The E-M1 detects which type of lens is being used and then adjusts AF accordingly: it will use Contrast AF with Micro Four Thirds, and switch to phase detection if it detects a Four Thirds lens being used.
Focus peaking is available for manual lenses, and high-speed subjects can be captured with 10fps sequential shooting.
Olympus has retained the Hybrid 5-axis Image Stabilisation, which was originally found on the E-M5. Hybrid IS compensates for movement around the axis of the lens, as well as horizontal and vertical shift and pitch and yaw.
Olympus claims that Hybrid IS is so effective that the user could potentially record a shake-free full HD movie while ‘literally on the run’.
At its rear, the OM-D EM-1 has a 3in tiltable touchscreen with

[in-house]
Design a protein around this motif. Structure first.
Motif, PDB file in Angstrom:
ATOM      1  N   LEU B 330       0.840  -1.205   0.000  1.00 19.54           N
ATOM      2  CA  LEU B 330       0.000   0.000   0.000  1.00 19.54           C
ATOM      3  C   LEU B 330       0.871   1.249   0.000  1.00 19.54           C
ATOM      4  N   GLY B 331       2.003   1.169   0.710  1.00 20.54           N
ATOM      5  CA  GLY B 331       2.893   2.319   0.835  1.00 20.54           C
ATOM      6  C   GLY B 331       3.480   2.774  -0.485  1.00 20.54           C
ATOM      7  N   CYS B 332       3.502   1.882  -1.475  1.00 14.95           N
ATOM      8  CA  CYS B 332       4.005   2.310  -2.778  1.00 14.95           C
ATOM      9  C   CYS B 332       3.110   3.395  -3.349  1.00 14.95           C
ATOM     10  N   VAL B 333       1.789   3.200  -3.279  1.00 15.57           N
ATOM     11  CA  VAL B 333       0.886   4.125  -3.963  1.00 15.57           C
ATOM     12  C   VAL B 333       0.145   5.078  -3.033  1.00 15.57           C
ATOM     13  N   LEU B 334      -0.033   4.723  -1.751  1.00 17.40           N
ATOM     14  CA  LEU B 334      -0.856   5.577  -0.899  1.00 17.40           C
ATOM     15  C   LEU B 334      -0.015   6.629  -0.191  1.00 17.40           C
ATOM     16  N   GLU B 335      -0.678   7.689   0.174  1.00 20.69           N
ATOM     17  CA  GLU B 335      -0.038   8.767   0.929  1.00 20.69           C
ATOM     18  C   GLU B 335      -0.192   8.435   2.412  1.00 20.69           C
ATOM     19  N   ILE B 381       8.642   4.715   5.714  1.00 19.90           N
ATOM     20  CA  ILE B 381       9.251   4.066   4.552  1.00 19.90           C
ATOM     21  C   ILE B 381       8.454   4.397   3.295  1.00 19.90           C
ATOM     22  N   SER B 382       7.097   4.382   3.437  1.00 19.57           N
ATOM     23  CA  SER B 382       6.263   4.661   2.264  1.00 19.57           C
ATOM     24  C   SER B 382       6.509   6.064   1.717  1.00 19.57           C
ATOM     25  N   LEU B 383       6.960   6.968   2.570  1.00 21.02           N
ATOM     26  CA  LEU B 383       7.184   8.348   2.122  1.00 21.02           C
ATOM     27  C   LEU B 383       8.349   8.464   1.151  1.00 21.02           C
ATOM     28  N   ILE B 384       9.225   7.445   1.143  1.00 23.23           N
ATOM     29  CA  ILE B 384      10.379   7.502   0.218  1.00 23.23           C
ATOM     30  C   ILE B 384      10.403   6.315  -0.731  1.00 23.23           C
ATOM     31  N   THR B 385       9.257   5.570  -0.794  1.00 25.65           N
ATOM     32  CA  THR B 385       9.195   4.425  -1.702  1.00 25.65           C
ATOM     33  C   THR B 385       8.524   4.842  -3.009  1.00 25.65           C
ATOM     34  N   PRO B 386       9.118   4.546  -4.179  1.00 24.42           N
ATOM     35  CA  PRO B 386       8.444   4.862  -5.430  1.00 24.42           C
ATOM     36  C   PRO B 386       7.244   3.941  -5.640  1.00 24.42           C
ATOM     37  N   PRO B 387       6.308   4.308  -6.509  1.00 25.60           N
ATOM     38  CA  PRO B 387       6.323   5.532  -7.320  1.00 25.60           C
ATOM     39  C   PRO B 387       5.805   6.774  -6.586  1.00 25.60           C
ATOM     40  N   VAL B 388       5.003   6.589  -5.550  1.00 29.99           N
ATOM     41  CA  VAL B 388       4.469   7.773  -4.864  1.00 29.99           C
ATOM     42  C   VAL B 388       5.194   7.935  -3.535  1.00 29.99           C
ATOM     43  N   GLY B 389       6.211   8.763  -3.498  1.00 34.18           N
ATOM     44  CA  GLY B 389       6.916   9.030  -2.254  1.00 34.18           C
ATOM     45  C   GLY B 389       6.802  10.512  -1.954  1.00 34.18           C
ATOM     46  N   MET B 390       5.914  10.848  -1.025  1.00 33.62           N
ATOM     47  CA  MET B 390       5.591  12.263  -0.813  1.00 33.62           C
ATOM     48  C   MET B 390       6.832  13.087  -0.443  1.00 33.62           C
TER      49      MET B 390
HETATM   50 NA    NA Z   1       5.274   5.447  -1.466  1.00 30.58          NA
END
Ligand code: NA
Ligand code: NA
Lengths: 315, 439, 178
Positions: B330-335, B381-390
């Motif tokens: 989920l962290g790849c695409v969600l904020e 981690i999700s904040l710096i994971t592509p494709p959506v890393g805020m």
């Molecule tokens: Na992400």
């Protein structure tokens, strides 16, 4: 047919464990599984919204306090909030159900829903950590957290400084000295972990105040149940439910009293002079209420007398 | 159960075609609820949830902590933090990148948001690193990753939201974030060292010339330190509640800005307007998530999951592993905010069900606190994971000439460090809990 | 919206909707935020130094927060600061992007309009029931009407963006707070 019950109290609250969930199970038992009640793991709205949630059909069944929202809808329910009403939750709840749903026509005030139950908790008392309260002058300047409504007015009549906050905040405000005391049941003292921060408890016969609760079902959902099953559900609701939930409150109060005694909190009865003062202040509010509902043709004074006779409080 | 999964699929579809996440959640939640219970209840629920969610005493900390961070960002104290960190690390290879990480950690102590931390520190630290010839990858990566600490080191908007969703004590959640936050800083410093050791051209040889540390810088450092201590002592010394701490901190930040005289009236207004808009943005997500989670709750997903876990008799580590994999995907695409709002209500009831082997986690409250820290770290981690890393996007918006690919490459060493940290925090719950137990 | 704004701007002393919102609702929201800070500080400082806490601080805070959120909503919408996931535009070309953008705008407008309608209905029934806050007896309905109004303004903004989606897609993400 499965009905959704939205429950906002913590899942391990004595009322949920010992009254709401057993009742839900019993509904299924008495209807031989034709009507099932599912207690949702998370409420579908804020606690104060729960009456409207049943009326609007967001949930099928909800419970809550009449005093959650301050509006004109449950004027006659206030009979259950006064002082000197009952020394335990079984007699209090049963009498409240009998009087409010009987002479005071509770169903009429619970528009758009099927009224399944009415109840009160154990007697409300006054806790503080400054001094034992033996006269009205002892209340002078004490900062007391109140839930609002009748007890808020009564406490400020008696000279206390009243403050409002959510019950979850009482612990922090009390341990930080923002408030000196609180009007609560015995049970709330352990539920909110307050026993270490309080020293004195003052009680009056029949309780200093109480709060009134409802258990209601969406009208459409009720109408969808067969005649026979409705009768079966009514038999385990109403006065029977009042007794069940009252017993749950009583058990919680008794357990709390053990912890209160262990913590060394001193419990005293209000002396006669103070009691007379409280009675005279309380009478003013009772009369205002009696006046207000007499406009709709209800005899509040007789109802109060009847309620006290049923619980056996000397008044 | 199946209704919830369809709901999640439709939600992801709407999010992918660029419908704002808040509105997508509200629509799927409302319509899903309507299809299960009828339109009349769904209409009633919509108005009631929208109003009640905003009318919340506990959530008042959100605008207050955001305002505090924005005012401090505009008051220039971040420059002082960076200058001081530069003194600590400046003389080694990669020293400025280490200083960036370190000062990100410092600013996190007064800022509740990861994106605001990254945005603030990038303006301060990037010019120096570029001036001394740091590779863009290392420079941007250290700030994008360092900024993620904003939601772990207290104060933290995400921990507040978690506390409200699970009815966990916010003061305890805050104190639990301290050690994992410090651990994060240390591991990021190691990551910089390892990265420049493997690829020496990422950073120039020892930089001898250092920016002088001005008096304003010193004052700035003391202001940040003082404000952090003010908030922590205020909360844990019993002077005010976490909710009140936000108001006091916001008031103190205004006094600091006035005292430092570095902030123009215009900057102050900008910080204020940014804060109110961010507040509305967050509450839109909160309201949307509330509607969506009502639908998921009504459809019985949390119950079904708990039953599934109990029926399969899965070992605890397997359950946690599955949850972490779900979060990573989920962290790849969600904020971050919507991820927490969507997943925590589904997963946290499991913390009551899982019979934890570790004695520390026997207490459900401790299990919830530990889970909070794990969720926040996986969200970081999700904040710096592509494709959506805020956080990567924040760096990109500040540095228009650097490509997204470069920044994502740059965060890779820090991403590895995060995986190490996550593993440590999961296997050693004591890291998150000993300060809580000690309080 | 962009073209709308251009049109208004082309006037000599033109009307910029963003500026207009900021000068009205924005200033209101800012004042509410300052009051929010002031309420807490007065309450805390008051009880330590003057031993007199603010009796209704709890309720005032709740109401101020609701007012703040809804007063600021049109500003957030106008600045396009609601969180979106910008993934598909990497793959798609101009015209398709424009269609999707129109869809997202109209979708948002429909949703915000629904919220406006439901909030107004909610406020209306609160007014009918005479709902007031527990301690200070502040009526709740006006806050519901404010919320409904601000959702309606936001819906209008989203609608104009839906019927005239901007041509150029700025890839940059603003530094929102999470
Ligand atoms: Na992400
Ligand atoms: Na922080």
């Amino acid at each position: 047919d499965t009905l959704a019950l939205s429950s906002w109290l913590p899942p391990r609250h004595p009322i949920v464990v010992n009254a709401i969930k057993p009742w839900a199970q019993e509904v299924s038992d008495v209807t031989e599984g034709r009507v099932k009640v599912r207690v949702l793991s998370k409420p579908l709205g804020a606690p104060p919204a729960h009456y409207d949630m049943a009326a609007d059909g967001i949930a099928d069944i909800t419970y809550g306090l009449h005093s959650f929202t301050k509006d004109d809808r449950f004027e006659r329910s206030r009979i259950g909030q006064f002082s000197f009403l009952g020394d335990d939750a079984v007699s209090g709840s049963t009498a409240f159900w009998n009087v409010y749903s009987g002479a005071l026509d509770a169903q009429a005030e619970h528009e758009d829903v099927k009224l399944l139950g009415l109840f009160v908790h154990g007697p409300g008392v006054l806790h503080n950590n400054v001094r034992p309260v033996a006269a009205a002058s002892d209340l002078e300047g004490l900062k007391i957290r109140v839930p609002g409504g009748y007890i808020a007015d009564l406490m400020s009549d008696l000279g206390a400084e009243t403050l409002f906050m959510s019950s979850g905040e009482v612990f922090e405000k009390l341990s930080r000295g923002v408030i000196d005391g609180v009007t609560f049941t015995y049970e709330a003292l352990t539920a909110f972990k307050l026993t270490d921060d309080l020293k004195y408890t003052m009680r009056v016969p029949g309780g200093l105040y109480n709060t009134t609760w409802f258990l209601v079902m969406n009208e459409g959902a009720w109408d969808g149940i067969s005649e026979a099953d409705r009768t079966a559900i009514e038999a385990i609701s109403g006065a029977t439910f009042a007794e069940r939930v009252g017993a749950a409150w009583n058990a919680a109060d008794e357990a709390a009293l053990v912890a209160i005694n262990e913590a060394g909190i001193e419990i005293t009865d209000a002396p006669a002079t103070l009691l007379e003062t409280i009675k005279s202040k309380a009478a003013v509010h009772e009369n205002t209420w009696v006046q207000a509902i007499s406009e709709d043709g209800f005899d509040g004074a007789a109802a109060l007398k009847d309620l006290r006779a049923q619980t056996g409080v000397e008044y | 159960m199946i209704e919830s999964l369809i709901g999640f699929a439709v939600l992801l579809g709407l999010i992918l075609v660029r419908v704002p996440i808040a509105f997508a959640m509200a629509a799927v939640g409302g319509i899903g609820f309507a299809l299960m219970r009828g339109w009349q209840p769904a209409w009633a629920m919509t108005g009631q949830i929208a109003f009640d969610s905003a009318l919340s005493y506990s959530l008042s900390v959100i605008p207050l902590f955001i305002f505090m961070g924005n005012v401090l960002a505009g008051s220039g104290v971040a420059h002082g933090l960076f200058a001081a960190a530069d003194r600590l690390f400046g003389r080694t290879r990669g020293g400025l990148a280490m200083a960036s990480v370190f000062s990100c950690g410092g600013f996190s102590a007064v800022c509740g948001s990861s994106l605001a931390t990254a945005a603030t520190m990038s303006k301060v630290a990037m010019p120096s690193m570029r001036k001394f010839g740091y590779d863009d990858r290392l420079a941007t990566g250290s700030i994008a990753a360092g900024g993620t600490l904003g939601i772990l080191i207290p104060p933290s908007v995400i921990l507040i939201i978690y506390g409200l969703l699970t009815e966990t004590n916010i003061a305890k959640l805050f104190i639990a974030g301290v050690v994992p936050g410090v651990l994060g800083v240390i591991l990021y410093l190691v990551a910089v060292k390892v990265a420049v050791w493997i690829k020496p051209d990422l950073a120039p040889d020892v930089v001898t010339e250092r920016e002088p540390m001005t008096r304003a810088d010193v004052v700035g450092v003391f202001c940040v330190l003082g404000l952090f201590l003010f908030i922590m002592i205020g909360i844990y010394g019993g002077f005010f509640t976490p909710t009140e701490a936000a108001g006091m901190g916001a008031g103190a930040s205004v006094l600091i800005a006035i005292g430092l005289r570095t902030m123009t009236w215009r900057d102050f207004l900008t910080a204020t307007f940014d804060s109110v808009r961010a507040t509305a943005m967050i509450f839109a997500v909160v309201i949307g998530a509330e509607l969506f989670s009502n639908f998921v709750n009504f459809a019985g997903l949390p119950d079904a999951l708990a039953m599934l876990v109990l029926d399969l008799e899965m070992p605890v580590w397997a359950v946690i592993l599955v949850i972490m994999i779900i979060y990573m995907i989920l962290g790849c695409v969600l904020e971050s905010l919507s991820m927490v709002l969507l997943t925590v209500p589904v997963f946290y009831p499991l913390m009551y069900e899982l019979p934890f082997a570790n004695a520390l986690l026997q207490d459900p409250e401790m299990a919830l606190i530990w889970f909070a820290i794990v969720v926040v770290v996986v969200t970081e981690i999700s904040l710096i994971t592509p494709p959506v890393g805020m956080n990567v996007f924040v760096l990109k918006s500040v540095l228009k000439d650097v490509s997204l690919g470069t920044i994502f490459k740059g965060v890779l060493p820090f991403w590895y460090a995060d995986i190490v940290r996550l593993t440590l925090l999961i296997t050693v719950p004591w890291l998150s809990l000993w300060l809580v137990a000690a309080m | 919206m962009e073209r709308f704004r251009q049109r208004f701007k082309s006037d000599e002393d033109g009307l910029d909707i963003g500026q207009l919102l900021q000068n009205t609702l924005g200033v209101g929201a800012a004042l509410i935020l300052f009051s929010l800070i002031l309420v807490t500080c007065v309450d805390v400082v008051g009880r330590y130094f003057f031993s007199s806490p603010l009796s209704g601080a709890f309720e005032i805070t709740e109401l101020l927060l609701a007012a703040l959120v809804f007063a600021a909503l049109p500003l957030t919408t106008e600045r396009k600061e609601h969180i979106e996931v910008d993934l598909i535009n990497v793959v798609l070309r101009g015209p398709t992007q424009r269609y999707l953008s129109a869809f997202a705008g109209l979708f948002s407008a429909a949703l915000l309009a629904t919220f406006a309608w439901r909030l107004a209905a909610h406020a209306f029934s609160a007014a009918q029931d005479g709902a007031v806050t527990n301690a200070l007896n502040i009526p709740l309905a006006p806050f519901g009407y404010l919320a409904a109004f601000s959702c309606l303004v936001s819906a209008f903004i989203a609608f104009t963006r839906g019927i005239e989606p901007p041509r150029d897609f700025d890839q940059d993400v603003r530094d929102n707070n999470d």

1.04million dots resolution – a jump from the 610-thousand dot
resolution of the E-P5.
Image: The rear of the OM-D E-M1, with 3in screen, EVF and customisable switches and dials
The EM-1 boasts Olympus’s most powerful electronic viewfinder yet. Similar to the VF-4, the E-M1’s EVF boasts 1.48x magnification and 2.36million-dot resolution.
A number of new features are unique to the E-M1’s EVF, including an HDR preview mode that allows the user to view HDR images before shooting them.
Also available is Live Bulb, which updates the live view images at regular intervals during bulb-mode exposures.
It also introduces a newly developed Colour Creator, which allows the user to alter the colours in an image using dials on the top of the camera, and display the results in the LVF in real time (Olympus promises an essentially undetectable time-lag of just 29 milliseconds).